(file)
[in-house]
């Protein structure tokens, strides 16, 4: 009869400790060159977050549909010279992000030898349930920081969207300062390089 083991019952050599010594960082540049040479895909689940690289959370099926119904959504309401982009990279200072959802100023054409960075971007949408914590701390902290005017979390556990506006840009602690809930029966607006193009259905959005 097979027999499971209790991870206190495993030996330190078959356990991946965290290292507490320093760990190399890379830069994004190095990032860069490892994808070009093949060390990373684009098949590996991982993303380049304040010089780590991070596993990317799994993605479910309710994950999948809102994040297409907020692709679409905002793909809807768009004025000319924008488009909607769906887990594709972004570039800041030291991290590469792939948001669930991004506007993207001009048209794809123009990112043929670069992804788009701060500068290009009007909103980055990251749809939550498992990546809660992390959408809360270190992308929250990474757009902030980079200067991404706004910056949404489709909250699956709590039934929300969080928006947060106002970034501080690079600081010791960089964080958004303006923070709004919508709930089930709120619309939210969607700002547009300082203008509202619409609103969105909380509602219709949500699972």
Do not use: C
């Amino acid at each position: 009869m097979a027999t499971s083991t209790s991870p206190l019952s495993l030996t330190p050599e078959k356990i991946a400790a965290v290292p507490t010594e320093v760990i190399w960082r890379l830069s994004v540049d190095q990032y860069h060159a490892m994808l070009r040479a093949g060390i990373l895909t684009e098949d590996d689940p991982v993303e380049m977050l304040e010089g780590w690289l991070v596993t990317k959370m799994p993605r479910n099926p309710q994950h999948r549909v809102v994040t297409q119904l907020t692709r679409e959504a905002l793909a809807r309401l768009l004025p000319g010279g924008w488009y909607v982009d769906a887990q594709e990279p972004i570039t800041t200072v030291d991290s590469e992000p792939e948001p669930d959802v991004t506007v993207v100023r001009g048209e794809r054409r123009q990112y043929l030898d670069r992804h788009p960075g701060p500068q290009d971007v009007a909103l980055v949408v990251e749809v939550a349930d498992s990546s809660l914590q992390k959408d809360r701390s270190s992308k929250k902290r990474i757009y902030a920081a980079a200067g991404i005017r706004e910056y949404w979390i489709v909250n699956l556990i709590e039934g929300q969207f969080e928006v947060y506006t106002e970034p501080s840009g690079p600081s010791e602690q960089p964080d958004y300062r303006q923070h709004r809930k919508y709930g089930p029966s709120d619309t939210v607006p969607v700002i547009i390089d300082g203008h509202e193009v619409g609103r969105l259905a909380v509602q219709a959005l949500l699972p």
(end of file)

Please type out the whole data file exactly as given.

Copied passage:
[in-house]
């Protein structure tokens, strides 16, 4: 009869400790060159977050549909010279992000030898349930920081969207300062390089 083991019952050599010594960082540049040479895909689940690289959370099926119904959504309401982009990279200072959802100023054409960075971007949408914590701390902290005017979390556990506006840009602690809930029966607006193009259905959005 097979027999499971209790991870206190495993030996330190078959356990991946965290290292507490320093760990190399890379830069994004190095990032860069490892994808070009093949060390990373684009098949590996991982993303380049304040010089780590991070596993990317799994993605479910309710994950999948809102994040297409907020692709679409905002793909809807768009004025000319924008488009909607769906887990594709972004570039800041030291991290590469792939948001669930991004506007993207001009048209794809123009990112043929670069992804788009701060500068290009009007909103980055990251749809939550498992990546809660992390959408809360270190992308929250990474757009902030980079200067991404706004910056949404489709909250699956709590039934929300969080928006947060106002970034501080690079600081010791960089964080958004303006923070709004919508709930089930709120619309939210969607700002547009300082203008509202619409609103969105909380509602219709949500699972």
Do not use: C
């Amino acid at each position: 009869m097979a027999t499971s083991t209790s991870p206190l019952s495993l030996t330190p050599e078959k356990i991946a400790a965290v290292p507490t010594e320093v760990i190399w960082r890379l830069s994004v540049d190095q990032y860069h060159a490892m994808l070009r040479a093949g060390i990373l895909t684009e098949d590996d689940p991982v993303e380049m977050l304040e010089g780590w690289l991070v596993t990317k959370m799994p993605r479910n099926p309710q994950h999948r549909v809102v994040t297409q119904l907020t692709r679409e959504a905002l793909a809807r309401l768009l004025p000319g010279g924008w488009y909607v982009d769906a887990q594709e990279p972004i570039t800041t200072v030291d991290s590469e992000p792939e948001p669930d959802v991004t506007v993207v100023r001009g048209e794809r054409r123009q990112y043929l030898d670069r992804h788009p960075g701060p500068q290009d971007v009007a909103l980055v949408v990251e749809v939550a349930d498992s990546s809660l914590q992390k959408d809360r701390s270190s992308k929250k902290r990474i757009y902030a920081a980079a200067g991404i005017r706004e910056y949404w979390i489709v909250n699956l556990i709590e039934g929300q969207f969080e928006v947060y506006t106002e970034p501080s840009g690079p600081s010791e602690q960089p964080d958004y300062r303006q923070h709004r809930k919508y709930g089930p029966s709120d619309t939210v607006p969607v700002i547009i390089d300082g203008h509202e193009v619409g609103r969105l259905a909380v509602q219709a959005l949500l699972p």